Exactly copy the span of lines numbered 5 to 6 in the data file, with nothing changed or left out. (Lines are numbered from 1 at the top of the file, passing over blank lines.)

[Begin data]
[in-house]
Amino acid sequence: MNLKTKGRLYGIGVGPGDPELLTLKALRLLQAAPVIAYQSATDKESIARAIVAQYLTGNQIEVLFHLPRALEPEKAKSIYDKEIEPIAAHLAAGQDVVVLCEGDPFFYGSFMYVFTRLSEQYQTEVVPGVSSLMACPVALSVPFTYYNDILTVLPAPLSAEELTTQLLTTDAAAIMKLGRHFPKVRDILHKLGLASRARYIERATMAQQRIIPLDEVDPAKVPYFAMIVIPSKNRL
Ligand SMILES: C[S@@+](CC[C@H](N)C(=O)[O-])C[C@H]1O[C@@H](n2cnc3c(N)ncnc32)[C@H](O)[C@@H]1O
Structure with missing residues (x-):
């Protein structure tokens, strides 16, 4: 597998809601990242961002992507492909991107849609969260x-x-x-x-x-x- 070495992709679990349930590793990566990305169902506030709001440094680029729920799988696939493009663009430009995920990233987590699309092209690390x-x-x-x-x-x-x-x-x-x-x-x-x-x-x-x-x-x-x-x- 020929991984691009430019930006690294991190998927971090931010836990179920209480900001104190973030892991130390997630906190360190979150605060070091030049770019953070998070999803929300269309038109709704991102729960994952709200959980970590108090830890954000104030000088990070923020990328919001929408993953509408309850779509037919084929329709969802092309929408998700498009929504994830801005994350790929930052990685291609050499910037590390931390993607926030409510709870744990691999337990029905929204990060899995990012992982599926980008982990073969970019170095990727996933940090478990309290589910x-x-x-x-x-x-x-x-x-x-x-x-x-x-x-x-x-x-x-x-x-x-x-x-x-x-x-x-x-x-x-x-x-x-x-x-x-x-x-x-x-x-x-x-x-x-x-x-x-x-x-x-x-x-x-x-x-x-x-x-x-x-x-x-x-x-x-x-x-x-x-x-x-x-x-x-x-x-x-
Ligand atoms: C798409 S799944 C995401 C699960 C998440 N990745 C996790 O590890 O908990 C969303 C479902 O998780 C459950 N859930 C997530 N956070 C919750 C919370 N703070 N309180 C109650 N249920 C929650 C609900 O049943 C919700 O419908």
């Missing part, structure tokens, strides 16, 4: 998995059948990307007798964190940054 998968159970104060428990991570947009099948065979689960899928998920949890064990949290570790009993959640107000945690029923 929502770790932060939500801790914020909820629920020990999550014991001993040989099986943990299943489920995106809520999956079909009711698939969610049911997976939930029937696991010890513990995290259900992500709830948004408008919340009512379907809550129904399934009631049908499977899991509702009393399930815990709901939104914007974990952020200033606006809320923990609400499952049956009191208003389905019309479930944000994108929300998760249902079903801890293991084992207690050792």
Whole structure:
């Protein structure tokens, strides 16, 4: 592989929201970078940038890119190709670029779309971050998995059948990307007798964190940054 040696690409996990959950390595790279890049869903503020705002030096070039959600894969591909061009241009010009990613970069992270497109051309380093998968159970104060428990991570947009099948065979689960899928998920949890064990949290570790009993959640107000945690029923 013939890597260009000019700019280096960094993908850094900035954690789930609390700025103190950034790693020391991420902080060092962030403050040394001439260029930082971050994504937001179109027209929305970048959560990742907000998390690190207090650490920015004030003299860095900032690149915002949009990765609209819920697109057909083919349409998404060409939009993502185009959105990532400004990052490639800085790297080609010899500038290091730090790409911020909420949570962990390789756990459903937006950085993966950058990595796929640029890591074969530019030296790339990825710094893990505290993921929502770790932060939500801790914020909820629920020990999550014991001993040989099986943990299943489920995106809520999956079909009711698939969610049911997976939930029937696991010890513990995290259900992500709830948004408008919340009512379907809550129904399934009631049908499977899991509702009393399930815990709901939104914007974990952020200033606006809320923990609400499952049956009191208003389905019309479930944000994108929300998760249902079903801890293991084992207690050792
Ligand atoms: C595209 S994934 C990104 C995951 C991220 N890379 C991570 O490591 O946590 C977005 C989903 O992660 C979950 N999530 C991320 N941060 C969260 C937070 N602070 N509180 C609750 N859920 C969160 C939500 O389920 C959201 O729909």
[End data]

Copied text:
């Protein structure tokens, strides 16, 4: 597998809601990242961002992507492909991107849609969260x-x-x-x-x-x- 070495992709679990349930590793990566990305169902506030709001440094680029729920799988696939493009663009430009995920990233987590699309092209690390x-x-x-x-x-x-x-x-x-x-x-x-x-x-x-x-x-x-x-x- 020929991984691009430019930006690294991190998927971090931010836990179920209480900001104190973030892991130390997630906190360190979150605060070091030049770019953070998070999803929300269309038109709704991102729960994952709200959980970590108090830890954000104030000088990070923020990328919001929408993953509408309850779509037919084929329709969802092309929408998700498009929504994830801005994350790929930052990685291609050499910037590390931390993607926030409510709870744990691999337990029905929204990060899995990012992982599926980008982990073969970019170095990727996933940090478990309290589910x-x-x-x-x-x-x-x-x-x-x-x-x-x-x-x-x-x-x-x-x-x-x-x-x-x-x-x-x-x-x-x-x-x-x-x-x-x-x-x-x-x-x-x-x-x-x-x-x-x-x-x-x-x-x-x-x-x-x-x-x-x-x-x-x-x-x-x-x-x-x-x-x-x-x-x-x-x-x-
Ligand atoms: C798409 S799944 C995401 C699960 C998440 N990745 C996790 O590890 O908990 C969303 C479902 O998780 C459950 N859930 C997530 N956070 C919750 C919370 N703070 N309180 C109650 N249920 C929650 C609900 O049943 C919700 O419908």